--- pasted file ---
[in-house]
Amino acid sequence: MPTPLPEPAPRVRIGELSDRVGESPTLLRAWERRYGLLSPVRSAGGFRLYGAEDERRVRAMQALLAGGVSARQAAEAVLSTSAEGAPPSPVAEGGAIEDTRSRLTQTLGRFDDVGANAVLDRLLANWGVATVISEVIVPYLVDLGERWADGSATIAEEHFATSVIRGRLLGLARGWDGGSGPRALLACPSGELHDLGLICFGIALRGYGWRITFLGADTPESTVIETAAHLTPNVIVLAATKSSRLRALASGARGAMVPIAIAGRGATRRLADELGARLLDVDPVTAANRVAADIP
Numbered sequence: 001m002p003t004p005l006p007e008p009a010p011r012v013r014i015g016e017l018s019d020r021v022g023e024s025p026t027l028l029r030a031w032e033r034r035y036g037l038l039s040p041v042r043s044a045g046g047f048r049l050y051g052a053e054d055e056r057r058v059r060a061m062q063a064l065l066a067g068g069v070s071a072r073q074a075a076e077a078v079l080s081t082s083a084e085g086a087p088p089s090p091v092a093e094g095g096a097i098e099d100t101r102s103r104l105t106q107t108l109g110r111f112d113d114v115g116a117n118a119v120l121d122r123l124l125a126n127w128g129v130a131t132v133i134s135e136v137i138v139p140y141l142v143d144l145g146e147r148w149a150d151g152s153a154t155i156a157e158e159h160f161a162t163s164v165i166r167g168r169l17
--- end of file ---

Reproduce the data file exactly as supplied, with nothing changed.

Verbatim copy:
[in-house]
Amino acid sequence: MPTPLPEPAPRVRIGELSDRVGESPTLLRAWERRYGLLSPVRSAGGFRLYGAEDERRVRAMQALLAGGVSARQAAEAVLSTSAEGAPPSPVAEGGAIEDTRSRLTQTLGRFDDVGANAVLDRLLANWGVATVISEVIVPYLVDLGERWADGSATIAEEHFATSVIRGRLLGLARGWDGGSGPRALLACPSGELHDLGLICFGIALRGYGWRITFLGADTPESTVIETAAHLTPNVIVLAATKSSRLRALASGARGAMVPIAIAGRGATRRLADELGARLLDVDPVTAANRVAADIP
Numbered sequence: 001m002p003t004p005l006p007e008p009a010p011r012v013r014i015g016e017l018s019d020r021v022g023e024s025p026t027l028l029r030a031w032e033r034r035y036g037l038l039s040p041v042r043s044a045g046g047f048r049l050y051g052a053e054d055e056r057r058v059r060a061m062q063a064l065l066a067g068g069v070s071a072r073q074a075a076e077a078v079l080s081t082s083a084e085g086a087p088p089s090p091v092a093e094g095g096a097i098e099d100t101r102s103r104l105t106q107t108l109g110r111f112d113d114v115g116a117n118a119v120l121d122r123l124l125a126n127w128g129v130a131t132v133i134s135e136v137i138v139p140y141l142v143d144l145g146e147r148w149a150d151g152s153a154t155i156a157e158e159h160f161a162t163s164v165i166r167g168r169l17